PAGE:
Health News of Monday, 25 February 2013
Source: Medical News Today
A lifelong diet rich in omega-3 fatty acids can inhibit growth of breast cancer tumours by 30 per cent, according to new research from the University of Guelph.
Omega-3 fatty acids are found in oily fish like salmon and sardines, nuts, avocados and eggs. Omega-3 can also be taken as a supplement, like cod liver oil, but studies have shown that eating foods rich in omega-3s is more beneficial as the body better absorbs the nutrients.
The study, published recently in the Journal of Nutritional Biochemistry, is believed to be the first to provide unequivocal evidence that omega-3s reduce cancer risk.
"It's a significant finding," said David Ma, a professor in Guelph's Department of Human Health and Nutritional Sciences, and one of the study's authors.
"We show that lifelong exposure to omega-3s has a beneficial role in disease prevention - in this case, breast cancer prevention. What's important is that we have proven that omega-3s are the driving force and not something else."
Breast cancer remains the most common form of cancer in women worldwide and is the second leading cause of female cancer deaths.
Advocates have long believed diet may significantly help in preventing cancer. But epidemiological and experimental studies to back up such claims have been lacking, and human studies have been inconsistent, Ma said.
"There are inherent challenges in conducting and measuring diet in such studies, and it has hindered our ability to firmly establish linkages between dietary nutrients and cancer risk," he said.
"So we've used modern genetic tools to address a classic nutritional question."
For their study, the researchers created a novel transgenic mouse that both produces omega-3 fatty acids and develops aggressive mammary tumours. The team compared those animals to mice genetically engineered only to develop the same tumours.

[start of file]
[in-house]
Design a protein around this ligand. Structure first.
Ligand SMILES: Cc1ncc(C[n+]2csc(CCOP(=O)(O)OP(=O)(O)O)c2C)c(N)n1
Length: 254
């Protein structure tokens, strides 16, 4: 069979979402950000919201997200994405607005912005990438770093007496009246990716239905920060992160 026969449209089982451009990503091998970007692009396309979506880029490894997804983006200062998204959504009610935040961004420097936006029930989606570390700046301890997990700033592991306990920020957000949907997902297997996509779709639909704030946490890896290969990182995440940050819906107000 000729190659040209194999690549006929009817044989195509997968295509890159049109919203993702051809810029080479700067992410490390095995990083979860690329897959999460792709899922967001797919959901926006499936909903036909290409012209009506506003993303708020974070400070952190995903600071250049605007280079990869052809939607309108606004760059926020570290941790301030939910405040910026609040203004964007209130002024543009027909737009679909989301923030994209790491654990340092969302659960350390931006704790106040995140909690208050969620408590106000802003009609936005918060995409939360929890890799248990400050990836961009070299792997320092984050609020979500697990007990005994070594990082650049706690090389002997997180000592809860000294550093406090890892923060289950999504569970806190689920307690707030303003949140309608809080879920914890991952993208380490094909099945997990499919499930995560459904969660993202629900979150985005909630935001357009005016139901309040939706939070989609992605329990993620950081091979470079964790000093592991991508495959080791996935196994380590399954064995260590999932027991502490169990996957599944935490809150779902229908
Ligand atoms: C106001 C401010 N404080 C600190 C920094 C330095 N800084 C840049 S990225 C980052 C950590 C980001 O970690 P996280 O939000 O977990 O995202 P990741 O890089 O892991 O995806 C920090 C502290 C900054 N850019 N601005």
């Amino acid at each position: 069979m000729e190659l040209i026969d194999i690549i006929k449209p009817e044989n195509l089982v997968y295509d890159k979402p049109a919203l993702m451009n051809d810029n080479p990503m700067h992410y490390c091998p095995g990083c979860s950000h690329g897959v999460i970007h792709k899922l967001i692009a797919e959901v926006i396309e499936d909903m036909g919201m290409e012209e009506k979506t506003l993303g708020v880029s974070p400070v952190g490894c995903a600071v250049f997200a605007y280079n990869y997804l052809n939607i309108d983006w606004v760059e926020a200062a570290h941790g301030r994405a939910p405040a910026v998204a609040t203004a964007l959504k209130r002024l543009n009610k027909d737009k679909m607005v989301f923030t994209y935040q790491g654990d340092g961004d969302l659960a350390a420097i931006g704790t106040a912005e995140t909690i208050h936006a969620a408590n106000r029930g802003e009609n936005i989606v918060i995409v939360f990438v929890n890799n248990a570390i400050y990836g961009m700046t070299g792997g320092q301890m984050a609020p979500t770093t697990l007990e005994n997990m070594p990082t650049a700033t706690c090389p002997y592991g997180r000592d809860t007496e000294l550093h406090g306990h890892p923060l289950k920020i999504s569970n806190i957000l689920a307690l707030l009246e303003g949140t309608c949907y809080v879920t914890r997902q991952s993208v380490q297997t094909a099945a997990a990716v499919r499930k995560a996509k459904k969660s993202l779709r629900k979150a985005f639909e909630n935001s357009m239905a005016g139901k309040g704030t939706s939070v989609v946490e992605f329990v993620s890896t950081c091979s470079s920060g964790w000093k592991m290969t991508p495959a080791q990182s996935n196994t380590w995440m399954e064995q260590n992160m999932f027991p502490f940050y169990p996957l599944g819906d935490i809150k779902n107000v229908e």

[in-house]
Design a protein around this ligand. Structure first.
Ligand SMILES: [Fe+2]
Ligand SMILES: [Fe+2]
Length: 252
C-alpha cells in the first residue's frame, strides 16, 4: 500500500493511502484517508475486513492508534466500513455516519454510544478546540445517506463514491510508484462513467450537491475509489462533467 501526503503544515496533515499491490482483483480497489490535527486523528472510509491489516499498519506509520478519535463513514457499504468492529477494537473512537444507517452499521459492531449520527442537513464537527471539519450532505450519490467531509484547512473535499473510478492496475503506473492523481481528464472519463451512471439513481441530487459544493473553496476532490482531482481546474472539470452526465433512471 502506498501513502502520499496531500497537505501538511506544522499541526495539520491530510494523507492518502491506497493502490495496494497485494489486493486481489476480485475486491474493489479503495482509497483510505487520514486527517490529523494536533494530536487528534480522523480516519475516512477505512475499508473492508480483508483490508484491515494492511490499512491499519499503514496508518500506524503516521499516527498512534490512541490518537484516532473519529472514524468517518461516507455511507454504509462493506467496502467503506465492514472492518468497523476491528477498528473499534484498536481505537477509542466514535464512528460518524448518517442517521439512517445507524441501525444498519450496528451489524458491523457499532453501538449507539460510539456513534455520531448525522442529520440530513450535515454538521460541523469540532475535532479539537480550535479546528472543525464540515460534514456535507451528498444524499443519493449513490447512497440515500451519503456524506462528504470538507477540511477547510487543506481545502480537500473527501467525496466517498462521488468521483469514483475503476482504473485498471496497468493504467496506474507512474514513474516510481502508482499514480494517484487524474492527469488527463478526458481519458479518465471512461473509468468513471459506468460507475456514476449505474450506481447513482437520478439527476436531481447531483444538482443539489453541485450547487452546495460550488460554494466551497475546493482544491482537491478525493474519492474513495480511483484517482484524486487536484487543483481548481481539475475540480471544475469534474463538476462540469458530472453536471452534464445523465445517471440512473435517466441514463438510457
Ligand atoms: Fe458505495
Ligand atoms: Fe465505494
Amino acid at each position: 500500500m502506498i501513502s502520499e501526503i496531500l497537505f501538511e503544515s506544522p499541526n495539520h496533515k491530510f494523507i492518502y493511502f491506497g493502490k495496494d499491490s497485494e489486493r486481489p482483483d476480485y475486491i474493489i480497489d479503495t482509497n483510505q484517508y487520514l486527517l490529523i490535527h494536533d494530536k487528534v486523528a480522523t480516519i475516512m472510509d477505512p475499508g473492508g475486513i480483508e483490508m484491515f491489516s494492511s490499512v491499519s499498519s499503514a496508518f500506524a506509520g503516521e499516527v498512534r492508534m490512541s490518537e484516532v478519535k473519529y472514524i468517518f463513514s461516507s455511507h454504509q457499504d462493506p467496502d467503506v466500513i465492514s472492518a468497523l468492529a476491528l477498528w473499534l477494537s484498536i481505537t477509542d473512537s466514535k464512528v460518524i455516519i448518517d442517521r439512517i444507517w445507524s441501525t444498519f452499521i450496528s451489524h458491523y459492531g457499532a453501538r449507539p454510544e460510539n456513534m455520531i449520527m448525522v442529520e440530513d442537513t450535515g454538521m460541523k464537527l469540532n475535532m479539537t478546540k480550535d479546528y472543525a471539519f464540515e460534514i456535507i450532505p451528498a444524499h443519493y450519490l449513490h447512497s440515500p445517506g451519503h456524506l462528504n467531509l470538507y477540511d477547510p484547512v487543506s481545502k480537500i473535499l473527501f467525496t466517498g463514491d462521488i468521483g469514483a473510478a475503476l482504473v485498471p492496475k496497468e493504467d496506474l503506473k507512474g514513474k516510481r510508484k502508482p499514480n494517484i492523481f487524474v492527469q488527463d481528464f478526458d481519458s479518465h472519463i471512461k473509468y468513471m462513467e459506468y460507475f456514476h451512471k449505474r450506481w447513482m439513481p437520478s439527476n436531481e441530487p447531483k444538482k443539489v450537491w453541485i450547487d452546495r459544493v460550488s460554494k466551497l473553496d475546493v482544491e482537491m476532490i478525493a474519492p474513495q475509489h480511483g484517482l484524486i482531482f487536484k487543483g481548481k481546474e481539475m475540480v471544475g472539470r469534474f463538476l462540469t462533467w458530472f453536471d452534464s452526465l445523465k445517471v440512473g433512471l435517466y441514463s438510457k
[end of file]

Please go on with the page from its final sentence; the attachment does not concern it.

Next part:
"This model provides a purely genetic approach to investigate the effects of lifelong omega-3s exposure on breast cancer development," Ma said.
"To our knowledge, no such approach has been used previously to investigate the role of omega-3s and breast cancer."
Mice producing omega-3s developed only two-thirds as many tumours - and tumours were also 30-per-cent smaller - as compared to the control mice.
"The difference can be solely attributed to the presence of omega-3s in the transgenic mice - that's significant," Ma said.
"The fact that a food nutrient can have a significant effect on tumour development and growth is remarkable and has considerable implications in breast cancer prevention."
Known as an expert in how fats influence health and disease, Ma hopes the study leads to more research on using diet to reduce cancer risk and on the benefits of healthy living.
"Prevention is an area of growing importance. We are working to build a better planet, and that includes better lifestyle and diet," he said.
"The long-term consequences of reducing disease incidence can have a tremendous effect on the health-care system."